Things we learned from AFCON semi-finals


The Africa Cup of Nations is nearing a close. The semi-final was eventful and full of drama. Here are some of the Things we learned. Bet on AFCON here. 

Algeria prove they are the best team at the tournament

Algeria winger Riyad Mahrez scored a sensational free-kick in stoppage to give the Desert Foxes a 2-1 win over Nigeria in a tense Africa Cup of Nations semi-final. Algeria, who will play Senegal in Friday’s final, dominated the first half and led 1-0 courtesy of a William Troost Ekong own goal. Odion Ighalo pulled one back for the Super Eagles from the penalty spot, but it was Algeria who booked their place in the final. They’ve definitely been the best team on the continent since they played their first match against Kenya. They remain unbeaten and will face Senegal, a team they beat in the group stage. Djamel Belmandi has his side well-drilled and are only one win away from their first AFCON title in almost three decades.

Golden Boot race goes to the wire

Ighalo’s penalty put him in the driver’s seat of the chasing pack as AFCON 2019’s top goalscorer, netting four times so far. However, he is out of the tournament as Nigeria lost to Algeria in the semis on Sunday. He can still win it given Nigeria play Tunisia for the third-place playoff on Wednesday. However, Algeria’s Mahrez and Adam Ounas and Senegal’s Sadio Mane are just one behind Ighalo as the race for the Golden Boot goes right down to the wire.

Missed opportunity for Tunisia

Ferjani Sassi should have buried his penalty. Tunisia certainly had their chances to beat Senegal in normal time. But a series of controversial VAR decisions in the last few minutes of extra time will leave a sour taste in their players and fans mouths. The Senegalese missed a penalty and a bizarre own goal in extra time handed them a 1-0 victory over the Eagles of Carthage. A horrific mistake by goalkeeper Moez Hassen in the 100th minute saw the ball bounce off the head of defender Dylan Bronn. Tunisia were surprisingly having a terrific tournament and will feel undone by the own goal, a missed penalty and debatable decisions late in the game. This will feel like a missed opportunity for Wahbi Khazri and Alain Giresse.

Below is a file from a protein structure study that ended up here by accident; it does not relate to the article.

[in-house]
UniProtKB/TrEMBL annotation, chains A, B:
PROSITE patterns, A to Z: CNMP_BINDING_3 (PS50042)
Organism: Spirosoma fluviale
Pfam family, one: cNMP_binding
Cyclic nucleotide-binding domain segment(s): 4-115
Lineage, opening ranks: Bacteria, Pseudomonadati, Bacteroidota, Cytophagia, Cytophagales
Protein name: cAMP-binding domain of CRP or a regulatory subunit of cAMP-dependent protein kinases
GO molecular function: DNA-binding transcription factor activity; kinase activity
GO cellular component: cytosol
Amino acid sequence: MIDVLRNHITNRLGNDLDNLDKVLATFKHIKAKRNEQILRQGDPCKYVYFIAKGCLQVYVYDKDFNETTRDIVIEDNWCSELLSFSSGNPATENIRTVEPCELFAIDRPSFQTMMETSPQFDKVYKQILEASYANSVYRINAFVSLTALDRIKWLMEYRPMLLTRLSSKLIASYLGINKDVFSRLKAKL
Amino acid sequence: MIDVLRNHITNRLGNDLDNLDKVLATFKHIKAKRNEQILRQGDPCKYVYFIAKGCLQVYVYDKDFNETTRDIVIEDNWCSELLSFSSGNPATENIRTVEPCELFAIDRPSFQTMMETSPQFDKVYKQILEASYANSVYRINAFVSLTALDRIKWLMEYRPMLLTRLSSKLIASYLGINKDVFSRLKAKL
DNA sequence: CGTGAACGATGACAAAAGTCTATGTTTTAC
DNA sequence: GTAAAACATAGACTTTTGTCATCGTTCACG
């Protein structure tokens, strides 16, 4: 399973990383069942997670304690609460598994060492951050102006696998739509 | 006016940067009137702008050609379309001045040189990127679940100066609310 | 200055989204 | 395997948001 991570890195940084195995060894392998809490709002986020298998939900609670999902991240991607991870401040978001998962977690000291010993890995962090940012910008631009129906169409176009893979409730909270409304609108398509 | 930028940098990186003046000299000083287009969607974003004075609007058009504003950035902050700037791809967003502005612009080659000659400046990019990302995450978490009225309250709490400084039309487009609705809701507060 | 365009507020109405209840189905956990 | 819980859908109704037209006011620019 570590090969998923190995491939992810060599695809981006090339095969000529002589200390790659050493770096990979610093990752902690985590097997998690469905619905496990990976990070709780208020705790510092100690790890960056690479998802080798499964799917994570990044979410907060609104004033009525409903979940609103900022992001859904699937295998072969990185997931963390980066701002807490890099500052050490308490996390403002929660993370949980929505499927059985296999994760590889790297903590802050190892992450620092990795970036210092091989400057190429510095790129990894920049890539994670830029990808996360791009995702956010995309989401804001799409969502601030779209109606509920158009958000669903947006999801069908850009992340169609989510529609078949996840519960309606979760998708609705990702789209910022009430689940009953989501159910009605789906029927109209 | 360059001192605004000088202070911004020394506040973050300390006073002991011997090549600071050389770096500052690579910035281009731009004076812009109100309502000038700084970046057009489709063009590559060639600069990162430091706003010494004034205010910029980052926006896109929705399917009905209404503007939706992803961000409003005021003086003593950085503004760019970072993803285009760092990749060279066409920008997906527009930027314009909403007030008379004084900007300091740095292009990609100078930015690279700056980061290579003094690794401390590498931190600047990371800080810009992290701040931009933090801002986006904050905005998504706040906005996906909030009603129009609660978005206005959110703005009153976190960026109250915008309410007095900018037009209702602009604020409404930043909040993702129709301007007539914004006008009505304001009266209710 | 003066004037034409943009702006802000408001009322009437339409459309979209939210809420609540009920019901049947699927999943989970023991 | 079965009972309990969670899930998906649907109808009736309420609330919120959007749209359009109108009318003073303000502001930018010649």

Riyad Mahrez shows he’s Algeria’s talisman

Mahrez has had a bit of a mixed tournament. Some games have seen him shine as we’ve witnessed him do many times in the Premier League, while others have seen him unable to really stamp his foot on proceedings. A rapid switch of play from Algeria put Mahrez one-on-one with Nigeria full-back Jamilu Collins. The Manchester City winger completely bamboozled Collins and left him for dead with his resulting cross turned into the net by Troost-Ekong. Mahrez had more in store. As extra-time loomed, Ismael Bennacer was fouled on the edge of the penalty area. Mahrez stepped up and unleashed a rasping free-kick at the death to send the Algerians through. Prior to Sunday, Mahrez had never scored more than two goals in a calendar year for Algeria and he showed he can be the player to look out for in crucial moments.

Homegrown coaches proving their worth

The Desert Foxes and the Teranga Lions, led by local coaches, will square up in the final of the biennial tournament. Algeria’s Belmandi and Senegal’s Aliou Cisse, two homegrown coaches will go head to head on Friday’s final proof that you can trust local coaches for the big job. Cisse captained Senegal to the 2002 AFCON final. Cisse’s story is even more poetic given that he’ll be leading Senegal to only their second AFCON final and a chance to win his country their first-ever title in the competition. Belmandi is leading the Algerians to their first final since 1990 where they went to win it. Can they do it this time, again? Can Cisse bring the first AFCON to one of Africa’s football giants to never win it?